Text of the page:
Letter to the editor: Bathroom rights are business rights

Posted on May 4 2016 - 8:15pm by Sean Johnson


The right of a transgendered person to use public restrooms is a heated topic of discussion at the moment. North Carolina recently passed a law banning people from using the bathroom that does not match their birth certificate, meaning only those who have completed the surgery to transition and have filled to the appropriate paperwork can use the bathroom with which they identify. Target recently made it store policy to allow use of whichever fitting room and bathroom a person identifies with. But most debate over this subject ignores a key point: who owns the bathroom.

The answer is simple: the business does. The bathroom is the property of the business, and therefore is property of whomever owns the business. As property, only the owner should decide who uses it. Any law telling the business owner who they can and cannot allow to use their property violates the rights of the owner.

Target, for example, is a publicly traded business: multiple people own it. This means that the people who own large shares of the business are the ones who decide how it is ran: the board of directors. Individual Target locations must agree to the policy set forth by these directors in order to carry the Target name.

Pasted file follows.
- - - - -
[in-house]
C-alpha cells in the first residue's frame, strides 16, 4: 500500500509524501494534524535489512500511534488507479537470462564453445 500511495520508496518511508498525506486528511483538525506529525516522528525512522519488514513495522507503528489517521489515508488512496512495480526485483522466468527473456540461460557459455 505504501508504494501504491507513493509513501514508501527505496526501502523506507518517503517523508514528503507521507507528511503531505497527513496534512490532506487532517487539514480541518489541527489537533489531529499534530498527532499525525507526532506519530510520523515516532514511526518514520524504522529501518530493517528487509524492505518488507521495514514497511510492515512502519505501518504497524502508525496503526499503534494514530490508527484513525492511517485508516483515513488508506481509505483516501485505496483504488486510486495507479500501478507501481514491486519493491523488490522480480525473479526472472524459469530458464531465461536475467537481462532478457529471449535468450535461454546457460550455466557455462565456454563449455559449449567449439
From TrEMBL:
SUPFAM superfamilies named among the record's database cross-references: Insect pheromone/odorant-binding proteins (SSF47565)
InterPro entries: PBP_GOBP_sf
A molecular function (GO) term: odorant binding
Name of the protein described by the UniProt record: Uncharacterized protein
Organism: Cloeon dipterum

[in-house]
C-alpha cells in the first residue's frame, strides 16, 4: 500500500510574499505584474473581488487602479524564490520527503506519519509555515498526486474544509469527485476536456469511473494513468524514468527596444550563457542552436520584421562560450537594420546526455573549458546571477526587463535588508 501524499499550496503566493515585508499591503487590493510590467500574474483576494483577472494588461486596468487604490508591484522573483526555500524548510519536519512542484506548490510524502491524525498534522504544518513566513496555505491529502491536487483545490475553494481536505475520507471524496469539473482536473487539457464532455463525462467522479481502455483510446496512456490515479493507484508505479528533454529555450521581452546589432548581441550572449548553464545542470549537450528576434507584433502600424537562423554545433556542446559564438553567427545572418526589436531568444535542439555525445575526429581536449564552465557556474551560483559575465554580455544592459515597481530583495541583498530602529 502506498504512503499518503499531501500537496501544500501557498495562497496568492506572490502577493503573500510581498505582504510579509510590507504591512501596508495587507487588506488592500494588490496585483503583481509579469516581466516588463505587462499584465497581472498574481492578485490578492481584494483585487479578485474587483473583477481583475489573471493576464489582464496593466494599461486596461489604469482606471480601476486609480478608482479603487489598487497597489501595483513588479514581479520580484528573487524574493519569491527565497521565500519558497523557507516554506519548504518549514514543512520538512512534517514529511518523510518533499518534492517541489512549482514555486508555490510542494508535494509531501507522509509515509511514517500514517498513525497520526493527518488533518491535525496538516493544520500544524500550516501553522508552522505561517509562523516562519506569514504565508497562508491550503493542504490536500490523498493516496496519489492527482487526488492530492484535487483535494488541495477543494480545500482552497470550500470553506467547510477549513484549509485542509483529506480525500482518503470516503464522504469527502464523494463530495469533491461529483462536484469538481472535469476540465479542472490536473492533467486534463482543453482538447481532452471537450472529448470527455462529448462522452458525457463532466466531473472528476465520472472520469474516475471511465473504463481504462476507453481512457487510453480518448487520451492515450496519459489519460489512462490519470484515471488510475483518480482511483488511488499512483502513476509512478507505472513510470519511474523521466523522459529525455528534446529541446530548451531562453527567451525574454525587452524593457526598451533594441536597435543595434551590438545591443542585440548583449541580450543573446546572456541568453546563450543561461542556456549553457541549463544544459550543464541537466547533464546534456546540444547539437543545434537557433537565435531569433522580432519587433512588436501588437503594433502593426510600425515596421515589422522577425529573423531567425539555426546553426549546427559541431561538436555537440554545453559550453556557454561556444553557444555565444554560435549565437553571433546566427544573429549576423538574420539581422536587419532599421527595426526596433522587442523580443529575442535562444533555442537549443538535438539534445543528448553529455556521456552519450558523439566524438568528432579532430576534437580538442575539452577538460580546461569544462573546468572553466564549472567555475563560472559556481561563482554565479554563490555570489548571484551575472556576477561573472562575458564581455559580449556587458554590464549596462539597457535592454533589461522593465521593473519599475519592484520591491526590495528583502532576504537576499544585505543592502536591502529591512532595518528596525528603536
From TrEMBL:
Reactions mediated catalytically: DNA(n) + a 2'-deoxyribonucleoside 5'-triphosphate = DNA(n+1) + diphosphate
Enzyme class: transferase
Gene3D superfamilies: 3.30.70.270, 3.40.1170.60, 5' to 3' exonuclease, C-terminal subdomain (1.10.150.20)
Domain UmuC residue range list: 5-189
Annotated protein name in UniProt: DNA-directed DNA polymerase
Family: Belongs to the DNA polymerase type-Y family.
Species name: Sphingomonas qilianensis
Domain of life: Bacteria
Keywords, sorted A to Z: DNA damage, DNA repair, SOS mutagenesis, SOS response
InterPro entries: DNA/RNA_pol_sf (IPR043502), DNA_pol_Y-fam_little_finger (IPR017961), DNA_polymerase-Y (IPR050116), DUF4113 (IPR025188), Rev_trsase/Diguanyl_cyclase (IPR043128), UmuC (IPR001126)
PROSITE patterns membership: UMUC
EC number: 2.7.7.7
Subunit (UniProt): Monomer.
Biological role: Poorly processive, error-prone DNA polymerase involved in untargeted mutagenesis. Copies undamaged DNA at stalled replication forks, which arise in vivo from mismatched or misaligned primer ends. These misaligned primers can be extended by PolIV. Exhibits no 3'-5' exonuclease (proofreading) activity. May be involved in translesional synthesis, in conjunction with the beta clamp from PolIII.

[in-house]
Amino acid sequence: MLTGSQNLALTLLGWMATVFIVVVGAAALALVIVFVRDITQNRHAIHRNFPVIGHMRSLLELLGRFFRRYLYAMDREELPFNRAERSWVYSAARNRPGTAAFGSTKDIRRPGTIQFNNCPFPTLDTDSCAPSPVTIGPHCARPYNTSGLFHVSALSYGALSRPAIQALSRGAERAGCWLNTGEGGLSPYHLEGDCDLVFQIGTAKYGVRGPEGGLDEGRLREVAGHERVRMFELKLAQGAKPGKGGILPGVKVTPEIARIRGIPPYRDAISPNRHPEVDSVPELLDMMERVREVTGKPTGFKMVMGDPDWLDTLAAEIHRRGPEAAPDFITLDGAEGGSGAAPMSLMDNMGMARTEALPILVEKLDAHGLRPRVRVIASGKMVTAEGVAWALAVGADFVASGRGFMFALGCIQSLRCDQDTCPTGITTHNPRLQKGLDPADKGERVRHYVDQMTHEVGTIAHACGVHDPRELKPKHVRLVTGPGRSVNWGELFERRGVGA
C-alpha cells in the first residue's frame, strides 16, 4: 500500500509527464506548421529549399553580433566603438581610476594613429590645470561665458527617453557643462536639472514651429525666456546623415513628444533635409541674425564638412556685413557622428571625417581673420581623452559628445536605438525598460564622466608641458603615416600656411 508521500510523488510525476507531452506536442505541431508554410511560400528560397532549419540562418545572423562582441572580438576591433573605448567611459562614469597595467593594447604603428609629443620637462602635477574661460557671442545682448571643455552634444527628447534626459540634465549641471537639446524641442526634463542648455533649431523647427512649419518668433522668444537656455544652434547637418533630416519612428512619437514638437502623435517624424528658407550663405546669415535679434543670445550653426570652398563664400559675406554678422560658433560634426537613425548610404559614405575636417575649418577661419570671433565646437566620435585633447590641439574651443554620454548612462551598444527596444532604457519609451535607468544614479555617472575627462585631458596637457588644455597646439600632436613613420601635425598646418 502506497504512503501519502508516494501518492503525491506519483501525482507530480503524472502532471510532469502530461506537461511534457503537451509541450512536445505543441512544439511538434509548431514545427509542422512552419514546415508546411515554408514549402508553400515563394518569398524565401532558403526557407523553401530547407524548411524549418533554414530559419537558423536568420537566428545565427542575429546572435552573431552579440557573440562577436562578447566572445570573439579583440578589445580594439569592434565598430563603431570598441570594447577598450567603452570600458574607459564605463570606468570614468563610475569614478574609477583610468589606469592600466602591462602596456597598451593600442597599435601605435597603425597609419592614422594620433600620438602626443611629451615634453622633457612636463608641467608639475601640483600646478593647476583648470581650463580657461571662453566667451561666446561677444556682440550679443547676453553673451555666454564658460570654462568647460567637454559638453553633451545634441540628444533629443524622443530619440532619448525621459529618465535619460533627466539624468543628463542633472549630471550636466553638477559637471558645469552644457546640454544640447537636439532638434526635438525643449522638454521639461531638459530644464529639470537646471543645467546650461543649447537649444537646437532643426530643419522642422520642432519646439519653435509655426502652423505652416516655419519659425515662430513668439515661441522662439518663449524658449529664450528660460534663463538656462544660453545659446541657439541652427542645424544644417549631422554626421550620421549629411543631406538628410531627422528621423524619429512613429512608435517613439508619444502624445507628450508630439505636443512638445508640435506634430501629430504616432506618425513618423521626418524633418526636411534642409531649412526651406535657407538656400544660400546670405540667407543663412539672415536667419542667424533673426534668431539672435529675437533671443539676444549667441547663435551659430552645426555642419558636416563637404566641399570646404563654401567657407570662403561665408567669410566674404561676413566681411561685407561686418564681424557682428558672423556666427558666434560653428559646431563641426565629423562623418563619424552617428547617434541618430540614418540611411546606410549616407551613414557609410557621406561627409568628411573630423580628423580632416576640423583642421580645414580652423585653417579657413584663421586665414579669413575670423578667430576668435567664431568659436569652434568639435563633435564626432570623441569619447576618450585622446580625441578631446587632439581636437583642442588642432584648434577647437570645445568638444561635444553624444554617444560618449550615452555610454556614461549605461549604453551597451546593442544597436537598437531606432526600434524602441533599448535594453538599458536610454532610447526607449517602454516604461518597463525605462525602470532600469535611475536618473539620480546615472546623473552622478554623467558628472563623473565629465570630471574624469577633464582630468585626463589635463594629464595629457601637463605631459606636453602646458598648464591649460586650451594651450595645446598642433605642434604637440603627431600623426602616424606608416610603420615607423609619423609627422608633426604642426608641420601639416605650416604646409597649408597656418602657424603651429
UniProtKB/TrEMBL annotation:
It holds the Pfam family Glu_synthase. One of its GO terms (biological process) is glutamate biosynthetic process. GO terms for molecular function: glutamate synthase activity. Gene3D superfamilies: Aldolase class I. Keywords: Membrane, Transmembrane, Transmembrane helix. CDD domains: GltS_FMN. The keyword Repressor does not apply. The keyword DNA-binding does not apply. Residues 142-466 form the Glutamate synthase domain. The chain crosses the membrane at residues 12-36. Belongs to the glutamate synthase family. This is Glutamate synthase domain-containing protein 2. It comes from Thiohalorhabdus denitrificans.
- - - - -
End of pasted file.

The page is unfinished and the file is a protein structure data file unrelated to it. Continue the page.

The owners decided to let transgendered people use their property, and the North Carolina law violates the rights of the owners by not allowing them to serve people they want to serve.

This reasoning applies to the opposite situation as well. If a business does not want to let transgender people to use their bathroom, it is their right.

The proper way to protest practices you do not like is through boycotts. Don’t like Target’s policy? Do not buy from them. Don’t like a store not letting transgendered people use their bathroom? Do not buy from them.

Sean Johnson
Freshman mechanical engineering major